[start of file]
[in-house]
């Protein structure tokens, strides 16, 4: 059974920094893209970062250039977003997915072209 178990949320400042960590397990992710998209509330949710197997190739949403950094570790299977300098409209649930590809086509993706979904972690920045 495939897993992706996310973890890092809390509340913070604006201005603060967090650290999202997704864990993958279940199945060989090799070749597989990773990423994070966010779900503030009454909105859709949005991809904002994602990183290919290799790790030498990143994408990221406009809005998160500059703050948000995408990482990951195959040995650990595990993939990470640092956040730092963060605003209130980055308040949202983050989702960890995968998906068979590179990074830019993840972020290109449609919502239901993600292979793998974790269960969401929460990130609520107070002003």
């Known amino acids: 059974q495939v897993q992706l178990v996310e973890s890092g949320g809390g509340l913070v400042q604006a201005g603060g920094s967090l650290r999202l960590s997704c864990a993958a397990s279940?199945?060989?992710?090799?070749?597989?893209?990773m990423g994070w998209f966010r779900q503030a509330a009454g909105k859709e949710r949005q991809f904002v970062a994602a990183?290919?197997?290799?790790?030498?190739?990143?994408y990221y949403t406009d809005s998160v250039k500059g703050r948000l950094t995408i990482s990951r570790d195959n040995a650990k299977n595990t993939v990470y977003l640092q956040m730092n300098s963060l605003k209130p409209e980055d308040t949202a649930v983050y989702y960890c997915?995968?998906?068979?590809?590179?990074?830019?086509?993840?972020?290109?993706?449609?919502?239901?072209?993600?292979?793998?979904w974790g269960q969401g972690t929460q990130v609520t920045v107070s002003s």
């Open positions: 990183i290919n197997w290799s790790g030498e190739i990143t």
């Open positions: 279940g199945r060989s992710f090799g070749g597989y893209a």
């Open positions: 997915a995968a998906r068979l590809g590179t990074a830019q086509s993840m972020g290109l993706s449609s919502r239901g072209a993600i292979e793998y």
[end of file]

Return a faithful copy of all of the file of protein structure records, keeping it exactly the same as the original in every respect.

[in-house]
């Protein structure tokens, strides 16, 4: 059974920094893209970062250039977003997915072209 178990949320400042960590397990992710998209509330949710197997190739949403950094570790299977300098409209649930590809086509993706979904972690920045 495939897993992706996310973890890092809390509340913070604006201005603060967090650290999202997704864990993958279940199945060989090799070749597989990773990423994070966010779900503030009454909105859709949005991809904002994602990183290919290799790790030498990143994408990221406009809005998160500059703050948000995408990482990951195959040995650990595990993939990470640092956040730092963060605003209130980055308040949202983050989702960890995968998906068979590179990074830019993840972020290109449609919502239901993600292979793998974790269960969401929460990130609520107070002003």
């Known amino acids: 059974q495939v897993q992706l178990v996310e973890s890092g949320g809390g509340l913070v400042q604006a201005g603060g920094s967090l650290r999202l960590s997704c864990a993958a397990s279940?199945?060989?992710?090799?070749?597989?893209?990773m990423g994070w998209f966010r779900q503030a509330a009454g909105k859709e949710r949005q991809f904002v970062a994602a990183?290919?197997?290799?790790?030498?190739?990143?994408y990221y949403t406009d809005s998160v250039k500059g703050r948000l950094t995408i990482s990951r570790d195959n040995a650990k299977n595990t993939v990470y977003l640092q956040m730092n300098s963060l605003k209130p409209e980055d308040t949202a649930v983050y989702y960890c997915?995968?998906?068979?590809?590179?990074?830019?086509?993840?972020?290109?993706?449609?919502?239901?072209?993600?292979?793998?979904w974790g269960q969401g972690t929460q990130v609520t920045v107070s002003s």
């Open positions: 990183i290919n197997w290799s790790g030498e190739i990143t």
């Open positions: 279940g199945r060989s992710f090799g070749g597989y893209a």
């Open positions: 997915a995968a998906r068979l590809g590179t990074a830019q086509s993840m972020g290109l993706s449609s919502r239901g072209a993600i292979e793998y």